China on the Moon
Chang'e-3 completes the first successful soft-landing on an extraterrestrial body in 37 years
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UPDATED: November 5, 2007 NO. 45 NOVEMBER 8, 2007
Studying the Moon
The launch of China's first unmanned lunar probe will boost the nation's technological capabilities in space sciences and other areas

"Since China has accumulated enough knowledge in space technology and economic strength, it is natural to make the decision to stride toward deep space exploration," said Luan.

New wave of lunar exploration

Man's first period of lunar exploration, lasting almost two decades throughout the 1960s to mid-1970s at the height of the Cold War, was triggered by a space race between the two superpowers. Between 1959 and 1976, the Soviet Union and the United States launched 108 probes related to lunar exploration. The competition for engineering supremacy between the two countries, culminating at the landing of the first man on the moon in 1969, eventually diminished after every exploration means available at that time had been used. As for the United States, one reason it has stated for giving up another manned mission was that it would take a long time for geologists and chemists to digest all the data from the 381.3-kg lunar rock samples it gathered on the six Apollo Program landings.

Commenting on the first "golden age" of lunar exploration, Luan said that although the United States and the Soviet Union had made achievements in lunar exploration, mankind still knew little about the moon and many fields remain to be explored.

Chinese scientists started systematic and comprehensive analysis and research about lunar science as early as the mid-1960s. In the 1990s, they began a feasibility study on lunar exploration. A government white paper on space technology released in 2000 disclosed China's ambitions regarding moon exploration for the first time.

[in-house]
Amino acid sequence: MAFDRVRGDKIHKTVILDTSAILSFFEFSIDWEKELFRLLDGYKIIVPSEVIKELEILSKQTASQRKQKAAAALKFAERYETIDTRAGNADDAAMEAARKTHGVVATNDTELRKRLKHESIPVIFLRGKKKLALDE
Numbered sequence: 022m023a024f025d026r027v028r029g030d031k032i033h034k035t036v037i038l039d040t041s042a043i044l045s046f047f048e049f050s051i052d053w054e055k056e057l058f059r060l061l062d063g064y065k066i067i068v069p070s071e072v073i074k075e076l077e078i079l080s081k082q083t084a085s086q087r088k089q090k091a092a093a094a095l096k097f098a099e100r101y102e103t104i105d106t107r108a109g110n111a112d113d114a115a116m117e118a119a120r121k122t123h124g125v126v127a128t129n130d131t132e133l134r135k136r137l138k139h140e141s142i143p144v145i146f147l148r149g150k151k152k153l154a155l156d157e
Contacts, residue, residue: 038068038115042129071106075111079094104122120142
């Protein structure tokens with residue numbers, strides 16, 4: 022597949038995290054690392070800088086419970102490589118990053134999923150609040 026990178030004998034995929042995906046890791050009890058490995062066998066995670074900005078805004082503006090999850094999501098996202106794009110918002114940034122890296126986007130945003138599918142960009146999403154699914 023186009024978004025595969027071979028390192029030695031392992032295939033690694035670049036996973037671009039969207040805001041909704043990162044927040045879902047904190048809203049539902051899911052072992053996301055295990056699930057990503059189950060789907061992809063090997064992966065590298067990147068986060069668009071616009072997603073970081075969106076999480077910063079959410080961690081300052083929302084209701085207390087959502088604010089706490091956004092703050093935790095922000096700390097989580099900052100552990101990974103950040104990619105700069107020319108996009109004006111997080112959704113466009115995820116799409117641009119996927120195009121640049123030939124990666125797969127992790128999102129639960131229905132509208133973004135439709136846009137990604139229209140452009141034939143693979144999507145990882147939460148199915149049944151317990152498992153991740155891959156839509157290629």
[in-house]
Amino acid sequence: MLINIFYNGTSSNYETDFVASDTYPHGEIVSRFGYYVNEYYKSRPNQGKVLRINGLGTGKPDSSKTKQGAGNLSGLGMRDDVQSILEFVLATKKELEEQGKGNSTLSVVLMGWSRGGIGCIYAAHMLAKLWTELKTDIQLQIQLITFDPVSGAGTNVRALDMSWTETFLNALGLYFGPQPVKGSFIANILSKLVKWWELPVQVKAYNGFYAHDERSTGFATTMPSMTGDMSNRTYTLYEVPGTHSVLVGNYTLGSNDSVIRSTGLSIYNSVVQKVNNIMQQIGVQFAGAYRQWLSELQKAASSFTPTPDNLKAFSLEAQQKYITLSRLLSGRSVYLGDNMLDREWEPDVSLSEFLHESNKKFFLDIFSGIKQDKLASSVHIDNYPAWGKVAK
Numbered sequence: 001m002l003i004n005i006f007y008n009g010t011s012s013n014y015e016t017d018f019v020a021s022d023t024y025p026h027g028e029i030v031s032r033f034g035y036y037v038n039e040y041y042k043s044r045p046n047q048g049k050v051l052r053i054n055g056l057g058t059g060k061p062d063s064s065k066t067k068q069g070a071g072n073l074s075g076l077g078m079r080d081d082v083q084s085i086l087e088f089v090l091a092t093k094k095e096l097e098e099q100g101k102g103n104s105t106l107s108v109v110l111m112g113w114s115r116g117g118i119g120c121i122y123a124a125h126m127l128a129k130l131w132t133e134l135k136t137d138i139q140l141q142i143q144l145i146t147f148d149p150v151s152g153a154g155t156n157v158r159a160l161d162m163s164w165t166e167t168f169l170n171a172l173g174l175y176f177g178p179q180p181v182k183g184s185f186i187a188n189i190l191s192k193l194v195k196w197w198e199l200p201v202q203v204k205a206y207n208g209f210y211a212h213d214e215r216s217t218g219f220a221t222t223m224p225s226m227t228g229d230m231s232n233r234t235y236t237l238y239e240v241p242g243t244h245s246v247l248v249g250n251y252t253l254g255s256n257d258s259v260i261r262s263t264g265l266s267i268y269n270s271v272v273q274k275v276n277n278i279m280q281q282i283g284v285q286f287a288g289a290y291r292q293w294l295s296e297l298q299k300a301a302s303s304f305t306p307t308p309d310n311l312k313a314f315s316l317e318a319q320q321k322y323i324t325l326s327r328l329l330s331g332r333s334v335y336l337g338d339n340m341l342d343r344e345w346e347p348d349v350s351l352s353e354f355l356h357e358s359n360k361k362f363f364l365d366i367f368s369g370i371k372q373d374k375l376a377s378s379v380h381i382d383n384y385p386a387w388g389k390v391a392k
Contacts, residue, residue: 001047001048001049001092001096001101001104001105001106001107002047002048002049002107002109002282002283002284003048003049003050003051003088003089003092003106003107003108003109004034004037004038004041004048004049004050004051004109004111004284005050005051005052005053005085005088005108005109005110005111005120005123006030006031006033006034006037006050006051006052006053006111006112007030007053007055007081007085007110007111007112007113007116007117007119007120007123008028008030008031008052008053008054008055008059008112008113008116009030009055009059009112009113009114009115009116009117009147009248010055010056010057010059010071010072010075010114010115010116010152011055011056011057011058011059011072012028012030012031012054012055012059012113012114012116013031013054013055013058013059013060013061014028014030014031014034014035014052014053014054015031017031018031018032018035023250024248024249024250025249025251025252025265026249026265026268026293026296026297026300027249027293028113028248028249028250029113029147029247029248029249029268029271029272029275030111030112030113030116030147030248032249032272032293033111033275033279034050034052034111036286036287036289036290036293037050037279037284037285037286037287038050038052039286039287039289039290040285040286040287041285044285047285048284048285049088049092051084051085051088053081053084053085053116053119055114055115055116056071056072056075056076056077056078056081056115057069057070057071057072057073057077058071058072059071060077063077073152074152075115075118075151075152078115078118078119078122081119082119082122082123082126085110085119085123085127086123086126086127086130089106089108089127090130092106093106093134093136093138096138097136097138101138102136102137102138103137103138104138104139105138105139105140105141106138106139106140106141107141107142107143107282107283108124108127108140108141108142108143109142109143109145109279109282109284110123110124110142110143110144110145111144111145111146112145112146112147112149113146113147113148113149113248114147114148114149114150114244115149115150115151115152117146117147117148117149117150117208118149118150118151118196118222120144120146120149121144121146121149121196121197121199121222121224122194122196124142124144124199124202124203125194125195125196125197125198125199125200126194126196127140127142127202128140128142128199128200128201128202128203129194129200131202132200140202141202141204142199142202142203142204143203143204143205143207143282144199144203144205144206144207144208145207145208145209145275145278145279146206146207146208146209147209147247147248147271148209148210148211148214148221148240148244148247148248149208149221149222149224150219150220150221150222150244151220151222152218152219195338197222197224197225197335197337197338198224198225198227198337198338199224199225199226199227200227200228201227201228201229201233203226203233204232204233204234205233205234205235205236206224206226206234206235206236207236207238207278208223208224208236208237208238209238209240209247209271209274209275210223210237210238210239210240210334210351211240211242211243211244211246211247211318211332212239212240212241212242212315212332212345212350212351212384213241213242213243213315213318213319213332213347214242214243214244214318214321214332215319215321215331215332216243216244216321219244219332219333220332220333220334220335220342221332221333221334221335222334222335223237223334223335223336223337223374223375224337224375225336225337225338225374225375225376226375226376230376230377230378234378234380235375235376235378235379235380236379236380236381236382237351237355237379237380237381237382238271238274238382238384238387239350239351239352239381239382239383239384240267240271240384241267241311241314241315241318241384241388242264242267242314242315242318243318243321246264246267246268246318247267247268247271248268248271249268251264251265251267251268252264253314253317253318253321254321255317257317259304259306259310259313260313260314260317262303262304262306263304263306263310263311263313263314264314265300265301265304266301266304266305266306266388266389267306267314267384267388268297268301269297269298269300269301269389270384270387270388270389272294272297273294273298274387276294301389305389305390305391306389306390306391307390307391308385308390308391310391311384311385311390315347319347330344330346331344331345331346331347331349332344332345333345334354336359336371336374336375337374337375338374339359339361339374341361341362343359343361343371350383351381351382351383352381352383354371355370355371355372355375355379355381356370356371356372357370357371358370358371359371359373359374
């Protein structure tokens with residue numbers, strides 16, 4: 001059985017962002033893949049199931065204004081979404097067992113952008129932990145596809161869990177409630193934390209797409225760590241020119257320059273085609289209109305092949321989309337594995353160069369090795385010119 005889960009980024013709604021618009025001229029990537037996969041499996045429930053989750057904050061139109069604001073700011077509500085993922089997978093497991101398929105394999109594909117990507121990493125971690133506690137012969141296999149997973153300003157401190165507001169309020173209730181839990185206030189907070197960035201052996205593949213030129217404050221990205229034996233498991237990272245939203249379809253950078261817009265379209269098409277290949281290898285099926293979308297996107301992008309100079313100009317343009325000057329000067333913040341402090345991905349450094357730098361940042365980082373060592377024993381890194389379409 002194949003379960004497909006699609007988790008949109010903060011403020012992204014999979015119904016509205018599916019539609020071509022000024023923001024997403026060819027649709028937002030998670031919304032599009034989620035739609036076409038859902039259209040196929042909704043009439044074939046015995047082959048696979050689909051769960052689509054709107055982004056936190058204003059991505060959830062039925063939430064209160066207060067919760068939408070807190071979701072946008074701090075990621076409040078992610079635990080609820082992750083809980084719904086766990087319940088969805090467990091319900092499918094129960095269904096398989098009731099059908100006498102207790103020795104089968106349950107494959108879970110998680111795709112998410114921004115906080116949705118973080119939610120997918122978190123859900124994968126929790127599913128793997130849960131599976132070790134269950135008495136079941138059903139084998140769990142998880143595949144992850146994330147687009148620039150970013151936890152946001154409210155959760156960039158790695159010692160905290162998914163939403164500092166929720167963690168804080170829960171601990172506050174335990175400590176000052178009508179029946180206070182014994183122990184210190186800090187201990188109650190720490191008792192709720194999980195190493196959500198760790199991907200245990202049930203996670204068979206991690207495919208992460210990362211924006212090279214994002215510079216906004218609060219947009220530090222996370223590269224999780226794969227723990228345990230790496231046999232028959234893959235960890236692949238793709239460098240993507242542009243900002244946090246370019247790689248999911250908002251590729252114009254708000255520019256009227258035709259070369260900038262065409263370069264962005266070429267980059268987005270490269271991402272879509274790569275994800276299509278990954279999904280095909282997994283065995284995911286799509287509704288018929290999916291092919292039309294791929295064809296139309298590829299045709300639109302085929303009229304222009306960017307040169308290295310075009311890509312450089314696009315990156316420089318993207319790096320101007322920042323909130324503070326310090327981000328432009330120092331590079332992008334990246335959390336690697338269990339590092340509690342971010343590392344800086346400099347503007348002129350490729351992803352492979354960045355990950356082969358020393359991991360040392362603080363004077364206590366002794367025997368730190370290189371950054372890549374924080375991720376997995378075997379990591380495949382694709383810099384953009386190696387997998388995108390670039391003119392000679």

During the time China began to conduct moon exploration studies, there was very little activity surrounding lunar exploration around the world. No other countries had announced plans for new lunar missions. "Our decision-making process was carried out without exterior influences," Luan said.

However, the announcement of China's Chang'e plan, which took shape in 2003, was quickly followed by a flurry of activities from other countries. In January 2004, U.S. President George W. Bush revealed a new space program which included returning to the moon by 2020, "with the goal of living and working there for increasingly extended periods." This new plan seemed to have resurrected scientific enthusiasm about the moon in a handful of countries, including Japan, India, Russia, Britain and Germany, who soon followed suit by announcing their own moon exploration plans.

Talking about the difference between the first wave of lunar exploration and the new movement, Ouyang said that not only had the number of players increased from two to nearly 10, the major driving force was not military or political supremacy, but resources on the moon.

Ouyang said that despite the regulations in the Outer Space Treaty of 1967 and the Moon Treaty of 1984 claiming that no one person, government, company, or corporation could own the moon, or any other celestial bodies, space exploration practices over the last few decades have proved that only countries with advanced spacecraft and rocket carriers can really take advantage of outer space.